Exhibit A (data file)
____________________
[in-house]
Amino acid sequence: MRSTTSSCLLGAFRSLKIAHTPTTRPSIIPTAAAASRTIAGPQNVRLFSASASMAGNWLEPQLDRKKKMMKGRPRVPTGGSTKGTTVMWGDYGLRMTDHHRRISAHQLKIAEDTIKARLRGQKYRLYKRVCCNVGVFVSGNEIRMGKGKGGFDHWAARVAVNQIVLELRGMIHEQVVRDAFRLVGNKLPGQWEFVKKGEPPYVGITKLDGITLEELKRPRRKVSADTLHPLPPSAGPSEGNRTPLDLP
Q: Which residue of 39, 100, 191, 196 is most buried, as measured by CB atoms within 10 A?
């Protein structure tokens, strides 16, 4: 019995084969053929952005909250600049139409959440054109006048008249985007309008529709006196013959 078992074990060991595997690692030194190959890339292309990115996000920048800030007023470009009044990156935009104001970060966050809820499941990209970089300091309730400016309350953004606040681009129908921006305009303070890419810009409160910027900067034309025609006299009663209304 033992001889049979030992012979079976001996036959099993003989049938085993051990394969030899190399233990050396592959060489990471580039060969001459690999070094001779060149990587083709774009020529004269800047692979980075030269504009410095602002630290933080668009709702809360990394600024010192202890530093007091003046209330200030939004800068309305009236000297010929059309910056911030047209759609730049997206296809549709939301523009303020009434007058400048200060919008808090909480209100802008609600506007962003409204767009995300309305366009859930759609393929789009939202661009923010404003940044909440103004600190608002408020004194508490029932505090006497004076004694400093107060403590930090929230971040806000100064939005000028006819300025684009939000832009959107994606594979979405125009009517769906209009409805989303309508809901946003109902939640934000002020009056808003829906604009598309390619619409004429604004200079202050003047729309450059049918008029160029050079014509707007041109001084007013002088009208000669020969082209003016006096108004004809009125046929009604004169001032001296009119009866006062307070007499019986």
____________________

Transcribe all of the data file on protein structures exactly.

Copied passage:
[in-house]
Amino acid sequence: MRSTTSSCLLGAFRSLKIAHTPTTRPSIIPTAAAASRTIAGPQNVRLFSASASMAGNWLEPQLDRKKKMMKGRPRVPTGGSTKGTTVMWGDYGLRMTDHHRRISAHQLKIAEDTIKARLRGQKYRLYKRVCCNVGVFVSGNEIRMGKGKGGFDHWAARVAVNQIVLELRGMIHEQVVRDAFRLVGNKLPGQWEFVKKGEPPYVGITKLDGITLEELKRPRRKVSADTLHPLPPSAGPSEGNRTPLDLP
Q: Which residue of 39, 100, 191, 196 is most buried, as measured by CB atoms within 10 A?
């Protein structure tokens, strides 16, 4: 019995084969053929952005909250600049139409959440054109006048008249985007309008529709006196013959 078992074990060991595997690692030194190959890339292309990115996000920048800030007023470009009044990156935009104001970060966050809820499941990209970089300091309730400016309350953004606040681009129908921006305009303070890419810009409160910027900067034309025609006299009663209304 033992001889049979030992012979079976001996036959099993003989049938085993051990394969030899190399233990050396592959060489990471580039060969001459690999070094001779060149990587083709774009020529004269800047692979980075030269504009410095602002630290933080668009709702809360990394600024010192202890530093007091003046209330200030939004800068309305009236000297010929059309910056911030047209759609730049997206296809549709939301523009303020009434007058400048200060919008808090909480209100802008609600506007962003409204767009995300309305366009859930759609393929789009939202661009923010404003940044909440103004600190608002408020004194508490029932505090006497004076004694400093107060403590930090929230971040806000100064939005000028006819300025684009939000832009959107994606594979979405125009009517769906209009409805989303309508809901946003109902939640934000002020009056808003829906604009598309390619619409004429604004200079202050003047729309450059049918008029160029050079014509707007041109001084007013002088009208000669020969082209003016006096108004004809009125046929009604004169001032001296009119009866006062307070007499019986």